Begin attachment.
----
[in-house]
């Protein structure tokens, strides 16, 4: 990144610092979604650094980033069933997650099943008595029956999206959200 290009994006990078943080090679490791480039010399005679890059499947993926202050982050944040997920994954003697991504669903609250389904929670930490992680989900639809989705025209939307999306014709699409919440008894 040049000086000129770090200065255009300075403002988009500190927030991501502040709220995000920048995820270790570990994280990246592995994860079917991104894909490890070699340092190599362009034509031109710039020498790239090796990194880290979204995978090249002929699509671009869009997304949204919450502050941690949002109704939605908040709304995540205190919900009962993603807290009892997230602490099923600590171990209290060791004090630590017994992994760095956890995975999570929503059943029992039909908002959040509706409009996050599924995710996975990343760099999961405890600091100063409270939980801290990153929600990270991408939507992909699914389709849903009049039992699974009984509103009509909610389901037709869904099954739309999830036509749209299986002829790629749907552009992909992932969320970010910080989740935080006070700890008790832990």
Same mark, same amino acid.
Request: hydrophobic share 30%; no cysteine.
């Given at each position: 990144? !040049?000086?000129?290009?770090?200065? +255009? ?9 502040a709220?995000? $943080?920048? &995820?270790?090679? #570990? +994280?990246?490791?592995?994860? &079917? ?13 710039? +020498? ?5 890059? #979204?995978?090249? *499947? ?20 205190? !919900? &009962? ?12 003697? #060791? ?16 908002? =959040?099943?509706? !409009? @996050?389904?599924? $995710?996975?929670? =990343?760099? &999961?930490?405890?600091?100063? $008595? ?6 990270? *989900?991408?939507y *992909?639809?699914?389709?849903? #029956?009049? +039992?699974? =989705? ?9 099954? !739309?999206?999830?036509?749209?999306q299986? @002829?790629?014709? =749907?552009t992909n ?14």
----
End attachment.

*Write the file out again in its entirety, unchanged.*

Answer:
[in-house]
């Protein structure tokens, strides 16, 4: 990144610092979604650094980033069933997650099943008595029956999206959200 290009994006990078943080090679490791480039010399005679890059499947993926202050982050944040997920994954003697991504669903609250389904929670930490992680989900639809989705025209939307999306014709699409919440008894 040049000086000129770090200065255009300075403002988009500190927030991501502040709220995000920048995820270790570990994280990246592995994860079917991104894909490890070699340092190599362009034509031109710039020498790239090796990194880290979204995978090249002929699509671009869009997304949204919450502050941690949002109704939605908040709304995540205190919900009962993603807290009892997230602490099923600590171990209290060791004090630590017994992994760095956890995975999570929503059943029992039909908002959040509706409009996050599924995710996975990343760099999961405890600091100063409270939980801290990153929600990270991408939507992909699914389709849903009049039992699974009984509103009509909610389901037709869904099954739309999830036509749209299986002829790629749907552009992909992932969320970010910080989740935080006070700890008790832990």
Same mark, same amino acid.
Request: hydrophobic share 30%; no cysteine.
């Given at each position: 990144? !040049?000086?000129?290009?770090?200065? +255009? ?9 502040a709220?995000? $943080?920048? &995820?270790?090679? #570990? +994280?990246?490791?592995?994860? &079917? ?13 710039? +020498? ?5 890059? #979204?995978?090249? *499947? ?20 205190? !919900? &009962? ?12 003697? #060791? ?16 908002? =959040?099943?509706? !409009? @996050?389904?599924? $995710?996975?929670? =990343?760099? &999961?930490?405890?600091?100063? $008595? ?6 990270? *989900?991408?939507y *992909?639809?699914?389709?849903? #029956?009049? +039992?699974? =989705? ?9 099954? !739309?999206?999830?036509?749209?999306q299986? @002829?790629?014709? =749907?552009t992909n ?14």